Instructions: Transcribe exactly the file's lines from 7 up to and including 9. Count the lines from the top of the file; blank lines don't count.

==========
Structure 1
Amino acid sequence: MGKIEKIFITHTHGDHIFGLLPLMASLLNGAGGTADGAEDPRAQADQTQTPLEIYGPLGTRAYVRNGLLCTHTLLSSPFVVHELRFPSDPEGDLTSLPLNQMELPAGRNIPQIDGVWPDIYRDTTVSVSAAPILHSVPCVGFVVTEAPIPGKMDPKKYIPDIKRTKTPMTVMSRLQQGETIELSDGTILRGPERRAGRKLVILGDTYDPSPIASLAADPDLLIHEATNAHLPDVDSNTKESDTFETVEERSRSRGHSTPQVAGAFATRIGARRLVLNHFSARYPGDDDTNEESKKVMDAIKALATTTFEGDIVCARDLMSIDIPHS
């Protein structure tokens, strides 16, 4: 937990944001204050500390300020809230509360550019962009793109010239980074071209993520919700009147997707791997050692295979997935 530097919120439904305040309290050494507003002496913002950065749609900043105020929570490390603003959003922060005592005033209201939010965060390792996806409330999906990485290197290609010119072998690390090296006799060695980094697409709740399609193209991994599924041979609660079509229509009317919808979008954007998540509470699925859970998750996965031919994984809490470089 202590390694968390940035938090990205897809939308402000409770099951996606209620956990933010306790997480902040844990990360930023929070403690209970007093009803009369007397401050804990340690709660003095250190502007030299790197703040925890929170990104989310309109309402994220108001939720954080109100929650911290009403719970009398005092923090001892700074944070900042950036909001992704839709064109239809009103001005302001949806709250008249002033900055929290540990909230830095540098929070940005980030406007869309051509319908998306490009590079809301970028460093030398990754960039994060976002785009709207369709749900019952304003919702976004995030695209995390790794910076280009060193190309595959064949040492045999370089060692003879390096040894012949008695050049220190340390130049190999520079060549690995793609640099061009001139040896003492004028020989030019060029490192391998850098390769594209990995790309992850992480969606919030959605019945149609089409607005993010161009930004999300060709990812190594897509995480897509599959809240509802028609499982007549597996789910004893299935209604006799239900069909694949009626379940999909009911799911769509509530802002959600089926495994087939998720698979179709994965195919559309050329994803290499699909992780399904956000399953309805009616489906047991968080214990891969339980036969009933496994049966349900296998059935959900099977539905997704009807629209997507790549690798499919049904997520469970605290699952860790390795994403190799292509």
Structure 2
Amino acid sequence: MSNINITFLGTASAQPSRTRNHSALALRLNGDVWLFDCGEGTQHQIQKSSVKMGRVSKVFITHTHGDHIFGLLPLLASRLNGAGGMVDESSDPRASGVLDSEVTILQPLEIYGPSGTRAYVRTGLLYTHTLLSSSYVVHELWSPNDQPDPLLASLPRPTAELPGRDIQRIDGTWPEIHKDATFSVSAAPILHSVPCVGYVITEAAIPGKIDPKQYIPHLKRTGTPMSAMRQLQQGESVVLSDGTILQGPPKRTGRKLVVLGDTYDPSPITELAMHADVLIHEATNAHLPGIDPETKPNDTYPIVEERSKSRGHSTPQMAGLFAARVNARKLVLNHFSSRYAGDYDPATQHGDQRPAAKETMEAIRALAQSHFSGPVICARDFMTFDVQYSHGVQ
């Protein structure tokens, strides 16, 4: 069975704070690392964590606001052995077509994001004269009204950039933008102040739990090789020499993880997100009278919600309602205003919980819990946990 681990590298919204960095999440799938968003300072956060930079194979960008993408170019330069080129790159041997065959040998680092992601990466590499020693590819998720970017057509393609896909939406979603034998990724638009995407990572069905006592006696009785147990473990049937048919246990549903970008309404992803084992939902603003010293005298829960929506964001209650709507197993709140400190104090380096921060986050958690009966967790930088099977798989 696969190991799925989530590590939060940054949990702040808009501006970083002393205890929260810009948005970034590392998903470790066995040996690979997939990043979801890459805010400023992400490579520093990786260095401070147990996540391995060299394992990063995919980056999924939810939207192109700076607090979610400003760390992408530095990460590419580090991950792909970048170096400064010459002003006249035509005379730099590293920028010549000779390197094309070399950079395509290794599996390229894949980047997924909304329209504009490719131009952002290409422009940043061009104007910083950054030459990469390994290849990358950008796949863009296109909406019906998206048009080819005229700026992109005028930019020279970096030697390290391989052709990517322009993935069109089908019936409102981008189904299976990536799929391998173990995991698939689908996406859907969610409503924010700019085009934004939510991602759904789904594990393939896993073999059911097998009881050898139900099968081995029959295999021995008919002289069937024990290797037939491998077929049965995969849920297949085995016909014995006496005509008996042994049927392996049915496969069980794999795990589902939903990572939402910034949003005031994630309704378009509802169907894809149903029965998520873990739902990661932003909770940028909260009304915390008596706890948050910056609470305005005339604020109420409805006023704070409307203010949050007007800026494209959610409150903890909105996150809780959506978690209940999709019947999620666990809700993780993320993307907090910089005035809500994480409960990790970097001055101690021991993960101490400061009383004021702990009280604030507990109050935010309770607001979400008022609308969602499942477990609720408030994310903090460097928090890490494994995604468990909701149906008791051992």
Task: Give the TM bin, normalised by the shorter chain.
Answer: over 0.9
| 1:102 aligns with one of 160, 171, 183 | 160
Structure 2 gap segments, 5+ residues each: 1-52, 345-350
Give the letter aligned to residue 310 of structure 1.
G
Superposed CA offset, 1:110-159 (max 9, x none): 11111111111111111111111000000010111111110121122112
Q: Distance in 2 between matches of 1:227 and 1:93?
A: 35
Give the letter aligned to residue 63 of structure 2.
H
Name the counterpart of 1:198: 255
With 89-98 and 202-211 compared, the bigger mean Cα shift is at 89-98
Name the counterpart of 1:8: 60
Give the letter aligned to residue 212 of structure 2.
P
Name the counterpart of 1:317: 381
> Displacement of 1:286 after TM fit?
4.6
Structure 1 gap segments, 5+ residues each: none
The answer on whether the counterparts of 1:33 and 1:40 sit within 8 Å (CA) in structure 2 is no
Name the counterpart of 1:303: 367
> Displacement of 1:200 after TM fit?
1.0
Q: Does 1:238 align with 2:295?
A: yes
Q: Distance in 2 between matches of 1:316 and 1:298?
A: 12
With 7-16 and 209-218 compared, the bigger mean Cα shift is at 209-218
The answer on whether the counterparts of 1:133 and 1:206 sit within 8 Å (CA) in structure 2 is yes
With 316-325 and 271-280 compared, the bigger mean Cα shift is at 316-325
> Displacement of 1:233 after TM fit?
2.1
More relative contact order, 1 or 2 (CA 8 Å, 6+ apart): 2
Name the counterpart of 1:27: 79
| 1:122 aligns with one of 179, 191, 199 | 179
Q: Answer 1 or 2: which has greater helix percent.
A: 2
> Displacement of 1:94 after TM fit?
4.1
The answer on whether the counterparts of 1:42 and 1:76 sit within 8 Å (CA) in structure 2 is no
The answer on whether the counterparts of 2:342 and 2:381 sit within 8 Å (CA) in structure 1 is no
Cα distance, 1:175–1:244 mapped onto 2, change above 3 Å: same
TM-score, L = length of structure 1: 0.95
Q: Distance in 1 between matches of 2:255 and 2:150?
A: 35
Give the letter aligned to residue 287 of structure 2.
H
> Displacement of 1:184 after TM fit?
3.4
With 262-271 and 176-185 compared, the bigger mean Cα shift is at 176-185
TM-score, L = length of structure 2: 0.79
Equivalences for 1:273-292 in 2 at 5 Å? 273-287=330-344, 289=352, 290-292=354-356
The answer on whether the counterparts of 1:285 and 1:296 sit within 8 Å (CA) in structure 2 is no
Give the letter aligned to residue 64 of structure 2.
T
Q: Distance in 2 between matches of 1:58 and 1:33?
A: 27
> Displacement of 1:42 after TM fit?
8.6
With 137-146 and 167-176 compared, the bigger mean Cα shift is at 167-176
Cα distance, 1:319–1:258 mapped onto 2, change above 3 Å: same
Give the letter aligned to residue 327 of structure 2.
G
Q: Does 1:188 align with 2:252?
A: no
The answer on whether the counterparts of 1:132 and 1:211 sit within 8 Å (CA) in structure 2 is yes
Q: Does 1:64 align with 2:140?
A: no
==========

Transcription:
Task: Give the TM bin, normalised by the shorter chain.
Answer: over 0.9
| 1:102 aligns with one of 160, 171, 183 | 160